Is Doing Abs a Waste of Time?


I can’t even tell you how often I hear someone at the end of the workout say something like “I need to do more abs, I want to get a six-pack.” The truth is that passing on a six-pack is a better way to get a six-pack than six hundred sit-ups. The key to abdominal definition is the visibility of the abdominal musculature, not the strength of the muscles. You can do one million sit-ups, crunches or whatever exercise you want and it will have no effect on abdominal definition. When people ask me the best exercise for abs I tell them table push-aways. It usually takes a few minutes for them to get it. It’s not a joke, it’s the truth. If you want better abs, eat less and train more but, don’t just train your abs.

The idea of working abs to get abs is one of the oldest misconceptions in training. This goes back to the old idea of spot reduction. Spot reduction has never and will never work. The research has been done over and over and the answer is always the same. You can’t decrease the fat layer on a particular area by working that area. That means that the guys doing sit-ups to lose abdominal fat and the lady sitting on the adductor ( inner thigh) machine are both wasting their time. Good total body work is, was, and always will be the key to fat loss.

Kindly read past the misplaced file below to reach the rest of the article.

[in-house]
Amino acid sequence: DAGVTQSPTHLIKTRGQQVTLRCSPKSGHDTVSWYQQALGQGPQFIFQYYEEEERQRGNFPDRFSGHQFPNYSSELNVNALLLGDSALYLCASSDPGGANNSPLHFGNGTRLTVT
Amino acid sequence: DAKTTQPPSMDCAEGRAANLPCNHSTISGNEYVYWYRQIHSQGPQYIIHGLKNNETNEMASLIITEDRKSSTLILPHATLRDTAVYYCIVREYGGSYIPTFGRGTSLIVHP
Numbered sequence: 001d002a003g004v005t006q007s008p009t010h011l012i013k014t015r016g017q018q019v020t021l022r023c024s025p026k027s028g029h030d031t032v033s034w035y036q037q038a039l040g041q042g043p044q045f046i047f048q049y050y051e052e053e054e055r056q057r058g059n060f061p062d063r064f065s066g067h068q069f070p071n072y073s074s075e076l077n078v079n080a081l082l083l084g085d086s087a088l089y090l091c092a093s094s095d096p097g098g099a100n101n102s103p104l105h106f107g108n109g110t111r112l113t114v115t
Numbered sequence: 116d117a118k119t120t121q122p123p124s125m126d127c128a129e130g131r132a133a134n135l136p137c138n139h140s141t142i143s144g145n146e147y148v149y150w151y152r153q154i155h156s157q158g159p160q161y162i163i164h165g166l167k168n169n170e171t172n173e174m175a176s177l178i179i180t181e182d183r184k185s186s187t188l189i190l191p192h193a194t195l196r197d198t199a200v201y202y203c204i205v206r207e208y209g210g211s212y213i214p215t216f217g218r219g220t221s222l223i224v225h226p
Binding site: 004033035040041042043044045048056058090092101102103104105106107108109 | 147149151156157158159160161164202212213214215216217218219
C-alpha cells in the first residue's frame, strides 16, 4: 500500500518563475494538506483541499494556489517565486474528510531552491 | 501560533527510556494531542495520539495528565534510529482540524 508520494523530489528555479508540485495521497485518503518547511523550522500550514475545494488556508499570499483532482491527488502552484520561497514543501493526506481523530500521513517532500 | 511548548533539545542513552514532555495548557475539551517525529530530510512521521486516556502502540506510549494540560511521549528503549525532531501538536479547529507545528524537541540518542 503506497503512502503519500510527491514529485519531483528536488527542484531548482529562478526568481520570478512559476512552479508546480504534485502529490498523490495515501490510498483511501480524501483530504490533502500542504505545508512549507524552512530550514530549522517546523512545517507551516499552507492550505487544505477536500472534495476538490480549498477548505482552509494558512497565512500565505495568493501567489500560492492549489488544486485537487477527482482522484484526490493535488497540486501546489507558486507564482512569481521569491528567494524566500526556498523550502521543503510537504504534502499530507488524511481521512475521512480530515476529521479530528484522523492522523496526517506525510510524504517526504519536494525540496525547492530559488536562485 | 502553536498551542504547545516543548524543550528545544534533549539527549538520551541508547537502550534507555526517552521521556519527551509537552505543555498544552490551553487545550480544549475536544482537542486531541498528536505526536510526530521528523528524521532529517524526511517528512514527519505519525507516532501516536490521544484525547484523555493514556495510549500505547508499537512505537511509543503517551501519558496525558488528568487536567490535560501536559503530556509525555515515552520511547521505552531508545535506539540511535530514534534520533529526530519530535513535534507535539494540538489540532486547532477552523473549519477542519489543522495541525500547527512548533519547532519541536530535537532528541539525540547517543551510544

Want better abdominal definition? Finish every workout with some hard interval training instead of extra sit-ups or crunches. Interval training or what is currently called High Intensity Interval Training (abbreviated HIIT) is the real key to fat loss and the resulting definition. Interval training burns more calories than steady state aerobic training and because it is s sprint program you get a sprinters body.

Abdominal training may potentially reduce the diameter of the waistline but, will do very little to reduce bodyfat. The truth is there are lots of good reasons to do abdominal work or core training as we now like to call it. A strong core ( strong abs) is one of the keys in the prevention of  back pain. A strong core will help you look better and improve performance in a host of sports but, sit-ups or any other abdominal exercise will not reduce bodyfat.  The fact of the matter is that crunches will lead to back pain long before they lead to visual abs.